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Years after the state confiscated his warehouse, this RI cannabis grower is getting it back

SMITHFIELD – Almost seven years after police raided his Putnam Pike marijuana grow and the state swooped in to confiscate his warehouse and everything inside it – including 15 five-gallon buckets – Joseph Ricci is getting it all back. 

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In a protracted case in which the former licensed marijuana grower contends the police lied about having a confidential informant to gain a search warrant, and then last year destroyed some seized marijuana that could have supported his defense, the state has agreed to settle the property confiscation aspect of the lawsuit. 

Ricci’s separate federal lawsuit alleging the police search was illegal and a violation of his constitutional rights remains pending in U.S. District Court. 

File photo of Joseph M. Ricci, a medical marijuana patient and licensed grower, who is suing the Town of Smithfield and the state, alleging $1.7 million in damages stemming from a 2017 search and seizure of his property. David DelPoio

No 'culpability or liability' for either party in settlement

A provision in the property settlement agreement stipulates “this is a compromise reached by the parties of this dispute claim only and no inference to either party’s culpability or liability may be drawn from this compromise in any way or for any purpose.” 

The agreement is signed by Assistant Attorney General Lynda L. Barr and Ricci’s lawyer Megan E. Sheehan. 

Both Sheehan and Ricci declined comment on the settlement, as did the office of Attorney General Peter Neronha.

In earlier court documents, Sheehan described Ricci as a contractor and a licensed medical marijuana patient who served as a "caregiver" for two other patients. 

He grew marijuana at his warehouse at 256 Putnam Pike, where he also ran his business, Custom Construction LLC. 

In September 2017, Ricci’s complaint says, the Smithfield police received an unverified tip from a first-time confidential informant that Ricci was selling marijuana out of his grow.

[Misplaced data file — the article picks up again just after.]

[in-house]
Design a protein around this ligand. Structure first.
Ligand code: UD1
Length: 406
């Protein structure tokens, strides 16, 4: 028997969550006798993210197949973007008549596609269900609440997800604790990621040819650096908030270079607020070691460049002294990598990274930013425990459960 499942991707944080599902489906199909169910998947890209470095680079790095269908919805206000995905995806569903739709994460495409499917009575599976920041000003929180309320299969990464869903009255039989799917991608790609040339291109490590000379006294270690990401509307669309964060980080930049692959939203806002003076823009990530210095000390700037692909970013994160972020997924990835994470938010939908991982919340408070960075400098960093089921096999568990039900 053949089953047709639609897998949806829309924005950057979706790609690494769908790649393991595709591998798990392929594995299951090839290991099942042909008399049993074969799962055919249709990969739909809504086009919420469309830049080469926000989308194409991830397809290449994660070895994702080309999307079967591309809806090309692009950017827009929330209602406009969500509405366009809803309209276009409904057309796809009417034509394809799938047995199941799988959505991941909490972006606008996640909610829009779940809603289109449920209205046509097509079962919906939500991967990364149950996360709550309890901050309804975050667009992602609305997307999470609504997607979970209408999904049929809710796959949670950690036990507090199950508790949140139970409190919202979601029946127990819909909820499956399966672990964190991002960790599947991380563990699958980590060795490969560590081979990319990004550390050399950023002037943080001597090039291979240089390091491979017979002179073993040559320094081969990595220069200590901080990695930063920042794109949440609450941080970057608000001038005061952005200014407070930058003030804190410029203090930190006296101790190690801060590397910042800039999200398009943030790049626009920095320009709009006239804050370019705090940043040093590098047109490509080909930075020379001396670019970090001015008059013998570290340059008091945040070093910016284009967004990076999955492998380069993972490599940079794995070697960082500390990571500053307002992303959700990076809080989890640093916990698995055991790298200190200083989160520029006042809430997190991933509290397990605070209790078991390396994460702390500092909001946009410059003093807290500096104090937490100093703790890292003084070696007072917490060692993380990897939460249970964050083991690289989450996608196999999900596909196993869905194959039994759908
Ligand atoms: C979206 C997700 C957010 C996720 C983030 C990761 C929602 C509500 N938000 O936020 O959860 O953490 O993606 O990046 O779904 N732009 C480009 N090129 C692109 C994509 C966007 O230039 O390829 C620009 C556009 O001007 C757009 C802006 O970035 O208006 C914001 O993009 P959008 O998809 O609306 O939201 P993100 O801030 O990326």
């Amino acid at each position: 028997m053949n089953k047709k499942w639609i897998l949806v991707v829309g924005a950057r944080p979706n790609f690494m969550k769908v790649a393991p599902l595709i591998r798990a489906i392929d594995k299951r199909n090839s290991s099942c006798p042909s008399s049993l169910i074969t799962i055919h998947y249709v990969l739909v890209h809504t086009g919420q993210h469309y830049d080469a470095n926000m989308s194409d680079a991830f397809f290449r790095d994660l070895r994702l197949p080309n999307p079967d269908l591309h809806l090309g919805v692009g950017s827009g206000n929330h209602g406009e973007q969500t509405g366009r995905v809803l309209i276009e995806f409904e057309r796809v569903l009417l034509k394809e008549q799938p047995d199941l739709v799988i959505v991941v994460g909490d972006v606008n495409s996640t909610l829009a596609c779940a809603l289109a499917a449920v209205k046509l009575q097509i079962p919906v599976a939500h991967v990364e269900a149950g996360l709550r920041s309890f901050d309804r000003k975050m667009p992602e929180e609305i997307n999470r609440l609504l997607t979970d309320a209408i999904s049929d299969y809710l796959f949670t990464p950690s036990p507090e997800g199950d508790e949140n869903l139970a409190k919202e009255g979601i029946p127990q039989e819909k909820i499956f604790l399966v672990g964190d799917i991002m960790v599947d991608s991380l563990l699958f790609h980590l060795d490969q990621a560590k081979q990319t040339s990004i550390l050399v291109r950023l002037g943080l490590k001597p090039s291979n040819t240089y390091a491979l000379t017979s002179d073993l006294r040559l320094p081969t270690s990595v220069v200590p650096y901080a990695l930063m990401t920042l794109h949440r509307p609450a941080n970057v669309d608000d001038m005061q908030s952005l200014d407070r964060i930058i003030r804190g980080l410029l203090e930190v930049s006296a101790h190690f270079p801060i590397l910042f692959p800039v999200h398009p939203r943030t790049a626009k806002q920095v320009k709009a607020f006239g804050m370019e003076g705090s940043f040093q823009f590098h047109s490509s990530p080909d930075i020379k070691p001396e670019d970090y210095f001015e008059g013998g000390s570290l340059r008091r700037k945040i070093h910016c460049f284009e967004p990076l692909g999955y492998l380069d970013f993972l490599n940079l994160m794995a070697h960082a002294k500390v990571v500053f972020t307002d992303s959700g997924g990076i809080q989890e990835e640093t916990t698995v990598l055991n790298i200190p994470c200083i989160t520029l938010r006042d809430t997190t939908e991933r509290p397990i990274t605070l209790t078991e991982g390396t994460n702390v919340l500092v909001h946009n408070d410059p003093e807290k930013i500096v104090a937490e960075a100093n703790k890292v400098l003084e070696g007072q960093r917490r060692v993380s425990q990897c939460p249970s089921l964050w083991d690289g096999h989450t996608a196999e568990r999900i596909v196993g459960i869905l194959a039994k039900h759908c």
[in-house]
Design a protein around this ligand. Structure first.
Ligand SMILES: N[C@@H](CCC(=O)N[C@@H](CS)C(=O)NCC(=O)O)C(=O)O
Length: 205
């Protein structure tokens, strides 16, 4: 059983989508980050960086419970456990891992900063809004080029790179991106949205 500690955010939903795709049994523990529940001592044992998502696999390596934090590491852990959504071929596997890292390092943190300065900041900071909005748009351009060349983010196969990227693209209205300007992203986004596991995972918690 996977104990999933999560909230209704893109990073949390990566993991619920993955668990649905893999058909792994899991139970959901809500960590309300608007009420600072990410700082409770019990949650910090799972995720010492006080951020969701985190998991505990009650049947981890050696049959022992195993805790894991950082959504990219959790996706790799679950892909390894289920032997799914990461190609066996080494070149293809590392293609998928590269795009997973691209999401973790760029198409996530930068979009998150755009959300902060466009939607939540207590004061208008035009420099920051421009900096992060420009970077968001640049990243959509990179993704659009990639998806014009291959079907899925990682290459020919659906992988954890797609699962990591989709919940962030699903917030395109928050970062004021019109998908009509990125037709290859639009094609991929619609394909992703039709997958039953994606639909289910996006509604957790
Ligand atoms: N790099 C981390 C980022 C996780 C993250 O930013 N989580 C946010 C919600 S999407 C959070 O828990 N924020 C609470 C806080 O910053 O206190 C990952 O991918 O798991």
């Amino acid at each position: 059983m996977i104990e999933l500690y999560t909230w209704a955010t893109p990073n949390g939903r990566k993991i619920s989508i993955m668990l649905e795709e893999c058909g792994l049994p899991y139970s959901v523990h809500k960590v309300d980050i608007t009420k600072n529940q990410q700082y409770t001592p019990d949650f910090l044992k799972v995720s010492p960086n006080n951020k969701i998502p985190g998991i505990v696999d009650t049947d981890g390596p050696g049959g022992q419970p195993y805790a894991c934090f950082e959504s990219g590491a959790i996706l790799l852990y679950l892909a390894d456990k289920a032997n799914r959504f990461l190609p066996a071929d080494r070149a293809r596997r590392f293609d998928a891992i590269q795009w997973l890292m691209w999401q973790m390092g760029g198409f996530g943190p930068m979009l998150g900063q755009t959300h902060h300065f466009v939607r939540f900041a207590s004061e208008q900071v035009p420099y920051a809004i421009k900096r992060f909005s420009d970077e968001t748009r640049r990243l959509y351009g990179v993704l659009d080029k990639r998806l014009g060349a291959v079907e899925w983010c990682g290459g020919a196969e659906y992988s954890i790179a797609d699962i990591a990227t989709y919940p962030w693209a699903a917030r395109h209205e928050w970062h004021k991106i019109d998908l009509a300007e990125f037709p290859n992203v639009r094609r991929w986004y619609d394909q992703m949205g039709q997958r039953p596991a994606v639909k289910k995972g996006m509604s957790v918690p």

On Oct. 23, 2017, police raided the warehouse, seizing 42 marijuana plants, individual bags of marijuana weighing over 1 kilogram – and all the equipment Ricci used to run his contracting business. 

The police charged Ricci with possession with intent to deliver and possession of 1 to 5 kilograms of marijuana.    

The drug charges were eventually dismissed. In May 2019 Ricci pleaded no contest to a misdemeanor charge of “visiting a common nuisance."

Last year Ricci told The Journal in an interview that he pleaded to the misdemeanor charge because he wanted to put the episode behind him. He received a “filing,” meaning his record would be expunged if he remained law-abiding for a year.  

But by then the state attorney general's office had already moved to seize his property through civil forfeiture, contending it had been used to violate state drug laws. 

Alleged lies about a confidential informant

Ricci’s current lawyer, Sheehan, has argued in federal court that his arrest, the raid and the confiscation of his property were all illegal because police lied about having a confidential informant that supported the request for a search warrant. 

U.S. District Judge Mary S. McElroy wrote in a pre-trial ruling last summer that there was “strong” inference supporting Sheehan’s claim. 

She noted that when placed under oath, police officer Joseph M. Marcello “denied having any personal contact with an informant,” despite saying in his affidavit for the search warrant that he had received information from such a person. 

“What adds to the strength of the inference of fabrication, however,” wrote McElroy, “is the failure of the Smithfield police to find any written documentation, in the form of any notations or file entries or other memorialization, that anyone in the department had contact with the putative informant.”   

Evidence destroyed in the case?

In February of this year, Sheehan leveled another allegation against the Smithfield police department: that as late as last year it had destroyed some of the marijuana they had confiscated from Ricci’s warehouse and were holding as evidence as he challenged their allegation he was growing more marijuana than allowed as a medical patient and caregiver. 

“There is no reason the evidence should have been destroyed six years into a pending civil forfeiture case, and three years into this pending case, when at the heart of both the town and state’s arguments are that the destroyed evidence proved that Mr. Ricci was over the possession limits," Sheehan continued. 

In an email exchange last August with Sheehan that is included in court documents, lawyer Ryan D. Stys, representing Smithfield, acknowledged that some of the held marijuana had been destroyed. 

“It is my understanding,” wrote Stys, “that the marijuana has been destroyed as it was subject to a criminal prosecution in which your client pled and the case has been closed out.” 

Stys did not immediately return an email or a phone call at his office seeking comment for this story.



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